The authorities considered that this new tax of the _Scala_ was not a suitable one for the city; therefore they had recourse to the _Sesto_ again, and doubled it, with advantage, as it seemed to those who understood the business. But certainly some people were already in sorry plight were completely ruined by the _Sesto_.
At this time the Venetians declared war upon the Duke of Ferrara, and we much feared lest we should be drawn into it.
A chancellor of Count Girolamo was hung at the windows of the Bargello. He had been captured by one of the Altoviti,(1) who was a proscribed rebel, and in order to be pardoned, found out this man, and caught him between Piombino and Pisa; and he won his pardon.
> (1) This must have been the famous Cola Montano, a Bolognese; not a chancellor, but maintained by Count Girolamo Riario, and the Pope, and the King of Naples, and all the enemies of Florence, during the war following the Conspiracy of the Pazzi. That he was taken by one of the Altoviti is not mentioned elsewhere. Brought to Florence, he was put in the prison of the Bargello or Captain of the Piazza dei Signori; where he wrote with his own hand a _Confessione_, which is preserved in the State Archives of Florence, amongst the _Carte Strozziane_, still unedited, but well worth publishing, as important contributions to the history of that time. The order of the Signori e Collegi to the Otto di Custodia e Balia, of the 12th March, for the execution of Montano, still exist in the said archives amongst the papers of these magistrates. (Trans.)
A horseman of Signor Roberto was arrested on the _Ponte a Valiano_, who was carrying letters to Signor Roberto's son; which letters shed some light upon an intended conspiracy; and in consequence of this, Antonio Pucci and other citizens left for the Pisan territory, and in a few days got a number of soldiers together.
The Pazzi, who were imprisoned at Volterra, had their rights restituted, and were liberated and sent out of Italy; two of the younger ones had been liberated two months earlier, on account of illness, or else they would have died.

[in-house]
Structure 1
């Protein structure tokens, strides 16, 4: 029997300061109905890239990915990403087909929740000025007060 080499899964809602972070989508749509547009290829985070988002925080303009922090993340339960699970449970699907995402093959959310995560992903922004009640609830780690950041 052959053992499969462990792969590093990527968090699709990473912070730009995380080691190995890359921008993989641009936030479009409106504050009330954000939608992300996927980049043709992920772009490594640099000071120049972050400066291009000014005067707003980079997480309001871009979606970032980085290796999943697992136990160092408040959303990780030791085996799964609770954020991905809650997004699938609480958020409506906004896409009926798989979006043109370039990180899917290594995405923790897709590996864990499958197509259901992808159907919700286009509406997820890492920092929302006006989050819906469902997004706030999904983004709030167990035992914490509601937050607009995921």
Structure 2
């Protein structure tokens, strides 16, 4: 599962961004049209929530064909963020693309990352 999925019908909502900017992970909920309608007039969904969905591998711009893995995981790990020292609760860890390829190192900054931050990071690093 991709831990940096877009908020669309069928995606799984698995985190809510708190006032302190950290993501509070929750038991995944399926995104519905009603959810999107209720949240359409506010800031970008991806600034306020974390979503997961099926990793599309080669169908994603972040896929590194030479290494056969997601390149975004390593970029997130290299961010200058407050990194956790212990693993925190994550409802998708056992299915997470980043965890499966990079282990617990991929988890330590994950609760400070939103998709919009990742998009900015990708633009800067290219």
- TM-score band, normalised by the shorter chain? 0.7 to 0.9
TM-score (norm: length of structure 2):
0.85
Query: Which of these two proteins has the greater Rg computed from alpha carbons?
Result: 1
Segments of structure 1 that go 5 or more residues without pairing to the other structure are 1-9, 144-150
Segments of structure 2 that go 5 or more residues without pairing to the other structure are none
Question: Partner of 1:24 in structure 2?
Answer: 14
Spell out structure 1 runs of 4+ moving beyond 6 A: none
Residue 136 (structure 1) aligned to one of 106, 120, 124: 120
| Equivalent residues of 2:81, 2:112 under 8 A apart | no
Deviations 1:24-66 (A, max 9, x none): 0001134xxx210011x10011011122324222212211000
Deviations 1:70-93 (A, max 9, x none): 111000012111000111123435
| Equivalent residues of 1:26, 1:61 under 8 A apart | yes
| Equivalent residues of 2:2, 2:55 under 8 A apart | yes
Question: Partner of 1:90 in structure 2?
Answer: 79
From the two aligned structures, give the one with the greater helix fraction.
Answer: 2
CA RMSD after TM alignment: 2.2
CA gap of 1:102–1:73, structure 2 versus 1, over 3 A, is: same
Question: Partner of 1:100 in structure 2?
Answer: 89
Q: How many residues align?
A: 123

This year there were severe earthquakes at Rodi (Rhodes) which ruined the church and killed many people, mostly in a church where 40 _Cavalieri Fieri_ (Knights of Rhodes) met their death. The precise day is not known to me, but it was during this year.
There was a quarrel at Rome between the Orsini and the Colonnesi; and the city was thrown into confusion as usual. Everyone has to suffer for the disputes of these great men.
At this time the cupola of Santo Spirito was finished; and in fact sermons were preached beneath it.
The Duke of Urbino came to Florence, lodging in the house of Giovanni Tornabuoni, and he was received with honour. And on the 29th he left for Milan, to take up his post as _Capitano generale_, stopping at Ferrara where Signor Roberto was. There they besieged a fort called Ficheruolo till the 1st June.(1)
And in these days the Duke of Calabria on the other hand was besieging Ostia, near Rome; and on the 10th June it was said that he had taken it, but this was not true. He sacked Corneto,(2) however. The Sienese now recalled some of their exiles.
> (1) This is not correct; see note to 2nd July.
> (2) These are all facts relating to the war which had lately broken out between the Venetians and the Pope on the one hand, and the Florentines, Milan, and Naples on the other. Federigo, Duke of Urbino, was _Capitano generale_, and Commander of the League against Venice, and Roberto di Sanseverino was in the service of the latter.
Signor Gostanzo came to Florence, on his return from Ferrara.
At this time there was much talk of the worship of an image of Our Lady at Bibbona, or rather in a tabernacle about a bowshot from Bibbona. It is, namely, a Virgin seated and holding the dead Christ in her arms, after He has been taken down from the Cross; which is called by some a _Pieta_. This worship began on the 5th April, when it was transfigured: that is, it changed from blue to red, and from red to black and divers colours. And this is said to have happened many times between then and now, and a number of sick persons have been cured, and a number of miracles have been performed, and quarrels reconciled; so that all the world is running there. Nothing else is talked of at this moment; I have spoken to many who tell me that they themselves have seen it transfigured, so that one must perforce believe it.
We heard that Messer Niccolo Vitegli had taken _Citta di Castello_ for us, and we sent a mortar there. War had broken out in several parts.
We took Ficheruolo.(1)
> (1) The text appears to say that the Florentines or the League besieged and took this place; but it really was exactly the contrary. Ficheruolo belonged to the Duke of Ferrara, with whom the Florentines were allied, and now fell into the hands of the Venetians.
We heard that all the forts of Città di Castello had now been taken, and the whole place.
Roberto _il Magnifico_(1) died at Rome; he who had been so famous for his victory over the Duke of Calabria near Rome, when he took 300 men-at-arms. These two great captains died with a few days of each other, just when they imagined that they were at the height of their glory. What errors are made by the world! Men incur so many perils in order to slay and kill others, and to obtain a short-lived fame on this earth, not considering what it means to kill a man, and how soon they themselves will have to die and render an account.
> (1) Roberto Malatesta, a captain sent by the Venetians to aid the Pope.